On offer is just the one English Dolby Digital 2.0 stereo track which reveals limitations of imaging, soundstage and depth particularly apparent on the orchestrations such as The Verve's Bitter Sweet Symphony or REM's Country Feedback. Female vocals such as Mary J. Blige, Diana Krall or PJ Harvey also sounded somewhat lacking in the resolution and timbre we encounter on LPCM or DVD-A recordings. Dynamic range also sounds somewhat constricted by the limited resolution recording. Bass reproduction sounds surprisingly good.

    Dialogue is rendered very clearly and the calibre of vocalists meant that most lyrics were quite discernible. Audio synch was spot-on.

    There was no surround or subwoofer encoding.

Audio Ratings Summary
Dialogue
Audio Sync
Clicks/Pops/Dropouts
Surround Channel Use
Subwoofer
Overall

Extras

     were really superfluous considering the jam-packed presentation but were of interest.

Menu

    Animated stills in 1.78:1.

Behind The Scenes

    A very brief (1:20) walk around the studio with Jools espousing the show's philosophy.

Interviews

    7 interviews which were quite interesting if you wanted to hear Bjork's curious rrrrrrrrrolling of rrrrs or else Robbie Weller's tongue in cheek jousting with Jools. It would have been nice to have heard a bit more from Pulp's Jarvis Cocker as the most outspoken and controversial interviewee (he was involved in a stoush with one Michael Jackson at an awards ceremony leading to some entertaining acrimony and legal posturing). Incidentally, you can enable a microphone icon from the extras menu which pops up at the end of a track if there is an interview available.

    Artists interviewed: Bjork (3:32), Mary J. Blige (3:20), Moby (2:01), Morrissey (2:09), Jarvis Cocker (1:38), Michael Stipe (3:08), and Robbie Williams (4:39).

Program selector

    A novel feature whereby you can preselect 6 tracks to play from the programme - of interest for those who haven't worked out what the Program button on their remotes is for.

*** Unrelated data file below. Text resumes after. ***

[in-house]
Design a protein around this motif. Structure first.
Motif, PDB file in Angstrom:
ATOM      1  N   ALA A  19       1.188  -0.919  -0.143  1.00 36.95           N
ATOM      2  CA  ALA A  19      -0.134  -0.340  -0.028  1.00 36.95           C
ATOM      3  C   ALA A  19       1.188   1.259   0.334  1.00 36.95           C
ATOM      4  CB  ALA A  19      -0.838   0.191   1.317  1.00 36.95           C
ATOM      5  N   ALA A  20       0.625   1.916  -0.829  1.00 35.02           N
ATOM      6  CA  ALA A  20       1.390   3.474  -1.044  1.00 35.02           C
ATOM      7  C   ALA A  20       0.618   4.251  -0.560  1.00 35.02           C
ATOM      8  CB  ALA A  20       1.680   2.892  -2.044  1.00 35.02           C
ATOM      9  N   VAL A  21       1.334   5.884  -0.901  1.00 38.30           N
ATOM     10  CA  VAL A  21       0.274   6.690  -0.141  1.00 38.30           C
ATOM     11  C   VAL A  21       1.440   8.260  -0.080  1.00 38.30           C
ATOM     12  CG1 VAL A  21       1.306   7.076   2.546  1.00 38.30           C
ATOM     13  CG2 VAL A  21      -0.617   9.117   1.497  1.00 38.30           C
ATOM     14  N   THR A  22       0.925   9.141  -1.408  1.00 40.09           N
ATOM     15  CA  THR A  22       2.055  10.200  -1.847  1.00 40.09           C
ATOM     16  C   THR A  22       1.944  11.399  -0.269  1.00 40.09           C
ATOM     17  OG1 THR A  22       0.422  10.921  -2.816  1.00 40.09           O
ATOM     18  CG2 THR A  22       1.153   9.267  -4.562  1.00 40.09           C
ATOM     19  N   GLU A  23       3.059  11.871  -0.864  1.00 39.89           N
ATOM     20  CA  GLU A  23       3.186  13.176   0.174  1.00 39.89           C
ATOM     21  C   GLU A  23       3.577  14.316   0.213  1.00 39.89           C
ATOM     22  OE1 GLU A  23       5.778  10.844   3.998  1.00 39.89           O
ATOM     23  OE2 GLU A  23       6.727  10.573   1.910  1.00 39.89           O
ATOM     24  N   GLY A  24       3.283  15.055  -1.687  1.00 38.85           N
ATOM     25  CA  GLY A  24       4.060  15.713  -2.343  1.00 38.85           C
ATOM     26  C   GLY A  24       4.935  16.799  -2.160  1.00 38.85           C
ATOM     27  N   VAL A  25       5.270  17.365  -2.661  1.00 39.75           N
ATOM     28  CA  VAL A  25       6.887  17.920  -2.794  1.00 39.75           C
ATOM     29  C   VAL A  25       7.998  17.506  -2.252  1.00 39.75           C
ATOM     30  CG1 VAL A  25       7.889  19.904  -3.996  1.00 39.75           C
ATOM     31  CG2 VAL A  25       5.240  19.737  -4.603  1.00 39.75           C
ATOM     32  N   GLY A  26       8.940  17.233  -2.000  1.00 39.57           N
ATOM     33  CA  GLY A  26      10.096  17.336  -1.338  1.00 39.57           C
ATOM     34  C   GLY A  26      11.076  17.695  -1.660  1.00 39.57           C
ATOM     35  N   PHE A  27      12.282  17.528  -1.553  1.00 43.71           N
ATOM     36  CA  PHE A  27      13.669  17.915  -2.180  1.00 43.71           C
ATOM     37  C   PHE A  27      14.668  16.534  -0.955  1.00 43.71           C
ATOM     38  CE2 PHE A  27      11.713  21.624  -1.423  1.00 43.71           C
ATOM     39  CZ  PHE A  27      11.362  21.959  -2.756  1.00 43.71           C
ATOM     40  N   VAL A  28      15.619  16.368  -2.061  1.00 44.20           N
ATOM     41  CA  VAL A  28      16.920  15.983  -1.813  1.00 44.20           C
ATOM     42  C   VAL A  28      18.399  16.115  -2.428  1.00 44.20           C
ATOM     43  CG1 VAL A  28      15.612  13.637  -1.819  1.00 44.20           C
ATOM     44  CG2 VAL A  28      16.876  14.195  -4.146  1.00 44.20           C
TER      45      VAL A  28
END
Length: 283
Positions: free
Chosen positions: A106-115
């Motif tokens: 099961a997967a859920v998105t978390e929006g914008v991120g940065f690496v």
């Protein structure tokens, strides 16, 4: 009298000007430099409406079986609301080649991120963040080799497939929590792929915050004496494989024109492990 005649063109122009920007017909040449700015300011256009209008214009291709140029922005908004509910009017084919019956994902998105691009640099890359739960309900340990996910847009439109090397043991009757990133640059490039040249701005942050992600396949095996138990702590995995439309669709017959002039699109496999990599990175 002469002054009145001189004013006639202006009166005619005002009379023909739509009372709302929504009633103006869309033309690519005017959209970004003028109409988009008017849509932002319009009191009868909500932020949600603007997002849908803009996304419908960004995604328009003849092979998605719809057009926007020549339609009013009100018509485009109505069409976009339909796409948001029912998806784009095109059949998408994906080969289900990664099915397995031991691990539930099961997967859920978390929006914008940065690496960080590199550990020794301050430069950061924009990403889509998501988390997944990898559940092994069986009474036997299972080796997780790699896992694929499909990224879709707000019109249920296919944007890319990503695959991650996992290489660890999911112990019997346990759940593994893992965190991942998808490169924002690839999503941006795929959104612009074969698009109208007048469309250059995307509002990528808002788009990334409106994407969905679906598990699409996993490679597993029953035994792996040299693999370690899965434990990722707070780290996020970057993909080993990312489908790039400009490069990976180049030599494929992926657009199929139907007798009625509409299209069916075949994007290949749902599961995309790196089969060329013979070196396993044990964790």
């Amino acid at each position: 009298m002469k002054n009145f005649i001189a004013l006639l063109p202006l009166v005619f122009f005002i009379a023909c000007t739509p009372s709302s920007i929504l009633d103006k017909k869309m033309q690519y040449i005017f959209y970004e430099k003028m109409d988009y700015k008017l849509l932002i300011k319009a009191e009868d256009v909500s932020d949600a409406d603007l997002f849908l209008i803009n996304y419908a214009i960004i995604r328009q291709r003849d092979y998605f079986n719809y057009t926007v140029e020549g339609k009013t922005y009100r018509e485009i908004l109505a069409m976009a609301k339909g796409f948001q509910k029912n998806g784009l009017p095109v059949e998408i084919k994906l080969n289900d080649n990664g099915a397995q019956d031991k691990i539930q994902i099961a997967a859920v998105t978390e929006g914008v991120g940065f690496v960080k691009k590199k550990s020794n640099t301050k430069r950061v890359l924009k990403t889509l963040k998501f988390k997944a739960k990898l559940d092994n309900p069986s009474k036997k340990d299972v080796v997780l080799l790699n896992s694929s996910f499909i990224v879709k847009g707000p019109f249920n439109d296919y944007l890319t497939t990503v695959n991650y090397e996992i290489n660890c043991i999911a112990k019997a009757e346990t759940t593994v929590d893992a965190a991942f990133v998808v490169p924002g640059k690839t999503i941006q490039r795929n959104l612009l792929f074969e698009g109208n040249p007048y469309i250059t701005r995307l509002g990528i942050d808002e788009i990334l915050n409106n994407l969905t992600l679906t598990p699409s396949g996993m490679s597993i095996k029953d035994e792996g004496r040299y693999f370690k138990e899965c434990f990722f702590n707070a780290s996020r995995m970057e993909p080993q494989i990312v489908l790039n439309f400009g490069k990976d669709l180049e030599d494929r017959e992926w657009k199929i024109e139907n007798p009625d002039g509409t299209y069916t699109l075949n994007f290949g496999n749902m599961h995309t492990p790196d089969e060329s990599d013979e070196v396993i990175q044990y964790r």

R4 vs R1

NOTE: To view non-R4 releases, your equipment needs to be multi-zone compatible and usually also NTSC compatible.

     The R1 and R4 versions of this DVD appear identical.

Summary

     Overall, this represents a fabulous and fascinating selection of 90's music - you certainly can't argue with the variety or value for money of the content. BTW - why the hell didn't we get this series over here ABC / SBS ?

    The video quality is mostly OK and sometimes good - it lacks a little on large screen viewing but is great for the average TV.

    The audio quality is pretty ordinary but satisfactory as long as you don't push the playback envelope.

    The extras, particularly the interviews, are of interest but limited in quantity.

Ratings (out of 5)

Video
Audio
Extras
Plot
Overall

© John Lancaster (read my bio)
Saturday, March 29, 2003
Review Equipment
DVDHarmon & Kardon DVD10, using RGB output
DisplayPioneer SD-T50W1 (127cm). Calibrated with Video Essentials. This display device is 16x9 capable.
Audio DecoderYamaha RX-V995. Calibrated with Video Essentials.
AmplificationYamaha RX-V995
SpeakersB&W 602 front/rear. B&W LRC6 Centre / Solid (AKA B&W) 500 SW

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Comments (Add)
Jools was on Foxtel! - Chris. REPLY POSTED